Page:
I have a passion for photography and cameras design. If you're curious to know more about my history with Film and Digital cameras - here is a list and some stand-out models explained in a little more detail.


The Beginning

I grew up borrowing my father's Pentax MX and 3 prime lenses (28, 50 & 135), in the mid 80's. This was a beautifully small a solidly built SLR. The meter stopped working a decade or two ago, but not being attached to the mechanical systems it didn't stop the camera from working. Like many others of my generation, I used a Pentax K1000 during college, which was essentially a larger version of the MX.

My Cameras

The first camera I owned, and thus the 1st one on the list, is the Pentax P30n. This was bought for me as my interest in photography started to grow. Many other cameras that I have owned since I have unfortunately sold, but I keep this one around for sentimental reasons. Although I no longer have the 28-80 zoom lens it came with the camera itself still works. Through my university years I bought a few other Pentax cameras. My interest at this point was still in the devices themselves, rather than the photography. You can probably tell that this something I never really lost. However, what did fade from this point on was any brand loyalty that I had for Pentax.


My first digital camera was the Fuji 6900z. Since I was working in the video games industry as a 3D artist one of the main reasons I bought a digital camera was to capture and create textures. This unwittingly rekindled my interest in photography. The convenience of digital was undeniable, but I really didn't enjoy the controls of compact digitals. Soon after this I upgraded to a digital SLR.


This led me to the Fuji S2 Pro. Although I was initially fairly happy with the S2 it marked the end of Fuji for me due to their horrible pixel interpolation. Since the S2 used the Nikon F mount it acted as a convenient gateway to Nikon's DLSRs. I went from the terrible 12 megapixels of the Fuji to a pristine 4 megapixels in the Nikon D2H. Nikon's image processing was so good by comparison that I remained with them for several generations.

  • Pentax P30n

  • Pentax SF7

  • Pentax MZ5

  • Fuji 6900z

  • Fuji S2

  • Nikon D2H

  • Nikon D70s

  • Nikon D200

  • Ricoh GR1

  • Canon G9 (IR)

  • Hasselblad 500cm

  • Nikon F100

  • ​Canon 40D (IR)

  • Canon 5D

  • Nikon D3

  • Zero 2000

  • Panasonic LX3

  • Mamiya C330f

  • Fuji X100

  • Pentax MX

  • Nikon D600

  • Sony A7 (FS)

  • Sony A7II

  • Sony A7 (IR)

  • Canon A1

  • Konica C35

  • Nikon FM3A

  • Leica IIIa

  • Sony A7III (FS)

  • Canon IV SB

  • Pentax Spotmatic

  • Nikon F

  • Canon P Black

  • Canon F1

  • Nikon D1

  • Sony A7R (FS)

  • Nikon D3

  • Sony RX1

  • Sony A9

  • Sony Mavica FD7

Full Frame

Like many other photographers of the time I was not keen on the crop factor of early DSLRs. So, when I got an offer to swap my Hasselblad for a Canon 5D I jumped at the chance. I loved being able to use lenses to their full potential. Gaining another stop of shallow depth of field got me addicted to fast primes. Adapting lenses on the Canon EF mount was also really fun, I started to use Pentax lenses again. However I was not keen on the ergonomics and handling of Canon DSLRs, so when the Nikon D3 was released I sold everything I had to switch back to Nikon and I was not disappointed! I kept this camera for 6 years. A record that I have only just broken...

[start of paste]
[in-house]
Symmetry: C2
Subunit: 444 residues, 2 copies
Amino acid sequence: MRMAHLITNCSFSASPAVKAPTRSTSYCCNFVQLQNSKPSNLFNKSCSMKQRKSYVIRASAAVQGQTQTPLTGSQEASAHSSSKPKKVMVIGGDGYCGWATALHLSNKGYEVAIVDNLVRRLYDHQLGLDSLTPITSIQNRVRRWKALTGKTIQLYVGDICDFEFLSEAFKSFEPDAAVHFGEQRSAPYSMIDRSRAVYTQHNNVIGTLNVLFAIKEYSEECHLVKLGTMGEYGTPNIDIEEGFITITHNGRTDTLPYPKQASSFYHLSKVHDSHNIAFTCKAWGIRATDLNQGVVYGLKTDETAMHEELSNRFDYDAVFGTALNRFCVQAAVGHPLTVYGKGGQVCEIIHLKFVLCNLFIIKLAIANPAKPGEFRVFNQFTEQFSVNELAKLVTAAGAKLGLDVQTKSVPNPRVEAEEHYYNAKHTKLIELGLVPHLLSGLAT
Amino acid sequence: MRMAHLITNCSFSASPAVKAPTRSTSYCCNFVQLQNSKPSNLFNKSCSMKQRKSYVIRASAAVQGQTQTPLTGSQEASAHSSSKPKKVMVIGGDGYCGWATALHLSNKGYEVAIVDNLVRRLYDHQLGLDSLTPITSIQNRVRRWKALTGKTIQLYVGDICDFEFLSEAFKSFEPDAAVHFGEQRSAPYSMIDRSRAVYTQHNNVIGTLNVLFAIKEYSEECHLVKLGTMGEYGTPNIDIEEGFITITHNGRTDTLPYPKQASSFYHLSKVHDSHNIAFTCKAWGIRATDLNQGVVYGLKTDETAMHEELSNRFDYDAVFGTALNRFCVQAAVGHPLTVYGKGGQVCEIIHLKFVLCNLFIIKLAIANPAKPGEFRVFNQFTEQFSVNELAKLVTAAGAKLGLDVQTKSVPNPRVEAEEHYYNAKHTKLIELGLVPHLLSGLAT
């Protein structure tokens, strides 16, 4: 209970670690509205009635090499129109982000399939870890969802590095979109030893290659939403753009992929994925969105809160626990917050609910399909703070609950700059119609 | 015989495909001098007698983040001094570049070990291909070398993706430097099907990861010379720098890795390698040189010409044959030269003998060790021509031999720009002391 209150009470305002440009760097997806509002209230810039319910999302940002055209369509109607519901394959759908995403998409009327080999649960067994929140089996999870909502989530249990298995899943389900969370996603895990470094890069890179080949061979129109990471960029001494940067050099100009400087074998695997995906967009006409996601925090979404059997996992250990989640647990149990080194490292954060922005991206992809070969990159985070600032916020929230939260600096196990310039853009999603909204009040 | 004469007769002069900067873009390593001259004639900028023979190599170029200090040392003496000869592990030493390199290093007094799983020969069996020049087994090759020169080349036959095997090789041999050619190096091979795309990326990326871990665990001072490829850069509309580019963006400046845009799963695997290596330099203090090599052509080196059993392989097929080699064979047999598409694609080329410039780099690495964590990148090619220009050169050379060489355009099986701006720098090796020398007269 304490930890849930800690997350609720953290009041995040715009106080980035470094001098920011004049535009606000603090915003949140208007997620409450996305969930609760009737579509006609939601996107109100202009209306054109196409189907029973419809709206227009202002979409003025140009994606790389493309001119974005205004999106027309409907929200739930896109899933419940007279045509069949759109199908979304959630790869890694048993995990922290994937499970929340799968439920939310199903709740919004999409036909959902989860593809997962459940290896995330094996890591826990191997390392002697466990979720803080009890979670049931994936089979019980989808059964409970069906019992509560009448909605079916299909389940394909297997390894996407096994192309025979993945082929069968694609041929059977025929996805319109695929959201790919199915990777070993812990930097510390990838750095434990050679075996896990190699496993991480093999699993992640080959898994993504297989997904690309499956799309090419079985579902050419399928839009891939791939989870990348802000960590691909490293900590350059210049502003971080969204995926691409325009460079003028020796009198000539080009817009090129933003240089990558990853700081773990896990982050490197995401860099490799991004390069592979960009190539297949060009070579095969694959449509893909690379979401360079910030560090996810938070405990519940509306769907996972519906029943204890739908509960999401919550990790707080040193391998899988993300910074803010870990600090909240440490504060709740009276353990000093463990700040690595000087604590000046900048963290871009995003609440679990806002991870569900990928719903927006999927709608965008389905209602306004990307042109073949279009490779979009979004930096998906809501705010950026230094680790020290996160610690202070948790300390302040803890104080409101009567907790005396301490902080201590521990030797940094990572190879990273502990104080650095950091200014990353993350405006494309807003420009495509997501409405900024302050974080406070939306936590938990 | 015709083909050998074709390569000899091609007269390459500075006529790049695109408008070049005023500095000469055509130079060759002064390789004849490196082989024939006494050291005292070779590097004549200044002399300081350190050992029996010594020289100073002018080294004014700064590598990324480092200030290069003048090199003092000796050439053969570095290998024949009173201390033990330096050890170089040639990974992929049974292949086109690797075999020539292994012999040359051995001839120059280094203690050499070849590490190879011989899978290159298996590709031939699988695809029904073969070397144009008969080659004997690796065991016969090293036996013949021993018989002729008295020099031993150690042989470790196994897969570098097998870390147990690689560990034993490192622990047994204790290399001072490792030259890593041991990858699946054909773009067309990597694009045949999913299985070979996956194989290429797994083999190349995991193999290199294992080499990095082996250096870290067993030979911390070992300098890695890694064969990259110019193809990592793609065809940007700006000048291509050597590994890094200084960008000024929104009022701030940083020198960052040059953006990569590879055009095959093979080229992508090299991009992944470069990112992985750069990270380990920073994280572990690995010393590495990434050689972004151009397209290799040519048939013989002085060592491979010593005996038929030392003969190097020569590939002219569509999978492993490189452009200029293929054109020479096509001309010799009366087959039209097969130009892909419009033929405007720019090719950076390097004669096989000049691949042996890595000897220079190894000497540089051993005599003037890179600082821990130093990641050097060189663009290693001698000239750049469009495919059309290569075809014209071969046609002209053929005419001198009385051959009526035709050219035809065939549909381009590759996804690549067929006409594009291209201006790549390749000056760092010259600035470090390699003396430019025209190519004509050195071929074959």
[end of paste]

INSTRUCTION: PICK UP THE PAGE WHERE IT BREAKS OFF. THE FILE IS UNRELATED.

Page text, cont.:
As I started to get interested more in infrared photography I decided to convert a camera so I could shoot more easily, not requiring a tripod. I started with a pre-converted Canon G9 and then later bought an Canon 450D and sent it off to Germany for conversion to 720nm. Shooting both colour and IR meant carrying around two cameras, so I started to look for a solution to this...


As much as I loved the Nikon D3 (I still do as I have bought it again) I wanted something lighter for travelling. When the Sony A7 came out I not only saw the opportunity to get something smaller while keeping the high image quality, but it gave me a chance to convert a camera to full spectrum. This camera technology was a gamechanger for infrared. Not only could you see the wavelength you were shooring in through the viewfinder, but autofocus lenses worked corectly (no offset or calibration) and adapting old SLR lenses gave much better lens options for IR while being cheap and easy to use. 


I recently started collecting older cameras that I found interesting for various reasons. The oldest was a Leica IIIa (1936). This was my first rangefinder and that led me to the Canon P, which I found very pretty in black. I found an original black, but it had some faults so I sold it and later decided to have one custom painting, along with a lens.


Nikon camera history has facsnated me for a while. I started off my modest collection with an FM3A because I found the hybrid mechanical / electronic shutter mechanism very interesting.

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